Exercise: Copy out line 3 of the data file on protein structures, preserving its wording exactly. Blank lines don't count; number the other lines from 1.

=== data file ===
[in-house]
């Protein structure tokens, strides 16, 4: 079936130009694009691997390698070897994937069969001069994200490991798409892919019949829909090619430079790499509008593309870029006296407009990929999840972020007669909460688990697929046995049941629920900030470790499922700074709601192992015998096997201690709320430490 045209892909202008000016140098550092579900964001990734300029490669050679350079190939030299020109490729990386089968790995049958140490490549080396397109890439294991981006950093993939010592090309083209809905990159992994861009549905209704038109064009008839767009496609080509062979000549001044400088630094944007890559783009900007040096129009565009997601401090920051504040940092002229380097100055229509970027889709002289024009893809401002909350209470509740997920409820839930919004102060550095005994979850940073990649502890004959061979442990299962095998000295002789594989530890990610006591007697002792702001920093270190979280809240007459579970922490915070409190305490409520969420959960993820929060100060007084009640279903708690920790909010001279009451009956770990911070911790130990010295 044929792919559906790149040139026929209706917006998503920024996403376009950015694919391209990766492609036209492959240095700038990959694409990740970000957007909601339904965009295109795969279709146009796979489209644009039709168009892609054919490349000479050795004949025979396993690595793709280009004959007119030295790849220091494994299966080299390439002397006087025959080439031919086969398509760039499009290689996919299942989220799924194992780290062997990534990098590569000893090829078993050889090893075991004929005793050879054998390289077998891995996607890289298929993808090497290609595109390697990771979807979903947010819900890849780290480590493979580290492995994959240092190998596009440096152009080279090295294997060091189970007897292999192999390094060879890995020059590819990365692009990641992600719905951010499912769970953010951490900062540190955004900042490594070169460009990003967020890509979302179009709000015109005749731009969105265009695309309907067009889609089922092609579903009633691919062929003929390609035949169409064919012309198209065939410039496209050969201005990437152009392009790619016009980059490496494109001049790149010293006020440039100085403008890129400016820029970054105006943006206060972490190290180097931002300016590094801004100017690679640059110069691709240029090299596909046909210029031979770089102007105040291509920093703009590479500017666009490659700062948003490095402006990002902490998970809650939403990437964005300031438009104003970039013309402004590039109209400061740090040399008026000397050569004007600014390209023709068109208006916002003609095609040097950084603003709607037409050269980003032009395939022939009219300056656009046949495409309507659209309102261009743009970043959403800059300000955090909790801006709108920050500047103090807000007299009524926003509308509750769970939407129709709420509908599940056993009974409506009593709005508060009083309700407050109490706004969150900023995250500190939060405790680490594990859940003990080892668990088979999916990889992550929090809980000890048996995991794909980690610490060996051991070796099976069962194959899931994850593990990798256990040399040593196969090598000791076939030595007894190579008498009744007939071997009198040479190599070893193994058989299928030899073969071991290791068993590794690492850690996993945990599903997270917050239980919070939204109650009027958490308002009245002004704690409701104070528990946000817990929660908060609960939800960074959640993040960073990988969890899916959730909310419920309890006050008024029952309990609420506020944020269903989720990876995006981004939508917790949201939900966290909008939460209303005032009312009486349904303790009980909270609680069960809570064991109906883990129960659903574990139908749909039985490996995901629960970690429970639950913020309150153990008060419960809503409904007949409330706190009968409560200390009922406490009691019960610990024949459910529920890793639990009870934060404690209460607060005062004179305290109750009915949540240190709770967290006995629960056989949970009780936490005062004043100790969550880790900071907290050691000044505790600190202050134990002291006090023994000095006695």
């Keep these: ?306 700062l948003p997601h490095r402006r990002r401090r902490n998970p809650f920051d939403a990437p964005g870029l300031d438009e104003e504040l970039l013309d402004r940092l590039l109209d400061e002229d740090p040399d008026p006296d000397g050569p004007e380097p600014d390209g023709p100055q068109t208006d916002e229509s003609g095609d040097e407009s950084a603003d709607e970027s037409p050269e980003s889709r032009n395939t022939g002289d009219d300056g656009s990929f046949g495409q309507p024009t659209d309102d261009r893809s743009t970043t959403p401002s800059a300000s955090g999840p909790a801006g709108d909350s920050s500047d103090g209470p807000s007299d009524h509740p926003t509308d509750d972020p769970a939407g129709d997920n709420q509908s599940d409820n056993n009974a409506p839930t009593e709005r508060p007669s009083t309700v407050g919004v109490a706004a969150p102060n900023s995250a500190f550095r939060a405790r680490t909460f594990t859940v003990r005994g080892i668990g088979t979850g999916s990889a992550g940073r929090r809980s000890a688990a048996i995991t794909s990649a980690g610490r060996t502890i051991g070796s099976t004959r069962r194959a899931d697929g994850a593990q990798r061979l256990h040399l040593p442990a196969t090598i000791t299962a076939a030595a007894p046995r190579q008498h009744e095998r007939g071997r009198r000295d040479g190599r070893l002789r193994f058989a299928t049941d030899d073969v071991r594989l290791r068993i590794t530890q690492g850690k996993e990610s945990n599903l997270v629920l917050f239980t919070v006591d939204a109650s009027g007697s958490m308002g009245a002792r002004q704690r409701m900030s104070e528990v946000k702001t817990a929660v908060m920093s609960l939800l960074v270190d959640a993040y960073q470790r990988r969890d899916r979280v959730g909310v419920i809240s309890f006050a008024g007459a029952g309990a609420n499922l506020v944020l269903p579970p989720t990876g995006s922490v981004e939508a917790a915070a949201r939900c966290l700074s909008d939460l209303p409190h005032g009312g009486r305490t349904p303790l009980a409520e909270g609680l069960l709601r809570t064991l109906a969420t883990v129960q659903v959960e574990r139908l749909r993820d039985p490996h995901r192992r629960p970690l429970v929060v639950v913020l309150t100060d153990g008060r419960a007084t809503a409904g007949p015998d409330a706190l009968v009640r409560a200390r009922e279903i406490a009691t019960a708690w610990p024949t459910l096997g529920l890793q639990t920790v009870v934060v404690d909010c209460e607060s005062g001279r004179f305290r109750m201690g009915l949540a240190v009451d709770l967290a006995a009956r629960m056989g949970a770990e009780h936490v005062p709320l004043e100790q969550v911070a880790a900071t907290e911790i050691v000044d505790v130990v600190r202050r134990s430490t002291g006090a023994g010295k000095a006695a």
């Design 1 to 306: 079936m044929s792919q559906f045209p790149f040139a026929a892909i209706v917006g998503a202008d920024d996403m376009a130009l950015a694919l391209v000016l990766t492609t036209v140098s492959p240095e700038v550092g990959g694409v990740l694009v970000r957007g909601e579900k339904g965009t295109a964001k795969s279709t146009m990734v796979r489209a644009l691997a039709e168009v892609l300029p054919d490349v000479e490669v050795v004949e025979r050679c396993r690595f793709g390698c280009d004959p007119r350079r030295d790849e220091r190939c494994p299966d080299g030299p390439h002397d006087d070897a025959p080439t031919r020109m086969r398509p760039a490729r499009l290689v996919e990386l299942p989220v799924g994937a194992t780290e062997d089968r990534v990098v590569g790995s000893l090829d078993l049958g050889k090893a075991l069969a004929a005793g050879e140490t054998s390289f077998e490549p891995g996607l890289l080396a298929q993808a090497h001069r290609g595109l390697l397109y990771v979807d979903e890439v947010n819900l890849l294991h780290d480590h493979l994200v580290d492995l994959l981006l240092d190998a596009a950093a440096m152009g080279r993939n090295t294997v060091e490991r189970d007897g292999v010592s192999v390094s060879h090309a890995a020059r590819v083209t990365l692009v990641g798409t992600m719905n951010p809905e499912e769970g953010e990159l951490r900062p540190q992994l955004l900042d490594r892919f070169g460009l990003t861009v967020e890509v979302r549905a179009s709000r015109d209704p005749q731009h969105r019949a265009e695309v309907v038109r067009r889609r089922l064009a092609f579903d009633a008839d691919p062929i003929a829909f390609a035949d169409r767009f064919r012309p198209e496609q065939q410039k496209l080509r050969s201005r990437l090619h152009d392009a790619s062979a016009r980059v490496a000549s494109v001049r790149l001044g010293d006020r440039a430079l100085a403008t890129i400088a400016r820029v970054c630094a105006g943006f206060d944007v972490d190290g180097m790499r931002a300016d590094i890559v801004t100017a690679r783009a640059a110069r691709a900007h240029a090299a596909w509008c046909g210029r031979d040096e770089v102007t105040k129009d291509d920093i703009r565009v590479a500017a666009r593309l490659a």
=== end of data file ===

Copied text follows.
């Keep these: ?306 700062l948003p997601h490095r402006r990002r401090r902490n998970p809650f920051d939403a990437p964005g870029l300031d438009e104003e504040l970039l013309d402004r940092l590039l109209d400061e002229d740090p040399d008026p006296d000397g050569p004007e380097p600014d390209g023709p100055q068109t208006d916002e229509s003609g095609d040097e407009s950084a603003d709607e970027s037409p050269e980003s889709r032009n395939t022939g002289d009219d300056g656009s990929f046949g495409q309507p024009t659209d309102d261009r893809s743009t970043t959403p401002s800059a300000s955090g999840p909790a801006g709108d909350s920050s500047d103090g209470p807000s007299d009524h509740p926003t509308d509750d972020p769970a939407g129709d997920n709420q509908s599940d409820n056993n009974a409506p839930t009593e709005r508060p007669s009083t309700v407050g919004v109490a706004a969150p102060n900023s995250a500190f550095r939060a405790r680490t909460f594990t859940v003990r005994g080892i668990g088979t979850g999916s990889a992550g940073r929090r809980s000890a688990a048996i995991t794909s990649a980690g610490r060996t502890i051991g070796s099976t004959r069962r194959a899931d697929g994850a593990q990798r061979l256990h040399l040593p442990a196969t090598i000791t299962a076939a030595a007894p046995r190579q008498h009744e095998r007939g071997r009198r000295d040479g190599r070893l002789r193994f058989a299928t049941d030899d073969v071991r594989l290791r068993i590794t530890q690492g850690k996993e990610s945990n599903l997270v629920l917050f239980t919070v006591d939204a109650s009027g007697s958490m308002g009245a002792r002004q704690r409701m900030s104070e528990v946000k702001t817990a929660v908060m920093s609960l939800l960074v270190d959640a993040y960073q470790r990988r969890d899916r979280v959730g909310v419920i809240s309890f006050a008024g007459a029952g309990a609420n499922l506020v944020l269903p579970p989720t990876g995006s922490v981004e939508a917790a915070a949201r939900c966290l700074s909008d939460l209303p409190h005032g009312g009486r305490t349904p303790l009980a409520e909270g609680l069960l709601r809570t064991l109906a969420t883990v129960q659903v959960e574990r139908l749909r993820d039985p490996h995901r192992r629960p970690l429970v929060v639950v913020l309150t100060d153990g008060r419960a007084t809503a409904g007949p015998d409330a706190l009968v009640r409560a200390r009922e279903i406490a009691t019960a708690w610990p024949t459910l096997g529920l890793q639990t920790v009870v934060v404690d909010c209460e607060s005062g001279r004179f305290r109750m201690g009915l949540a240190v009451d709770l967290a006995a009956r629960m056989g949970a770990e009780h936490v005062p709320l004043e100790q969550v911070a880790a900071t907290e911790i050691v000044d505790v130990v600190r202050r134990s430490t002291g006090a023994g010295k000095a006695a």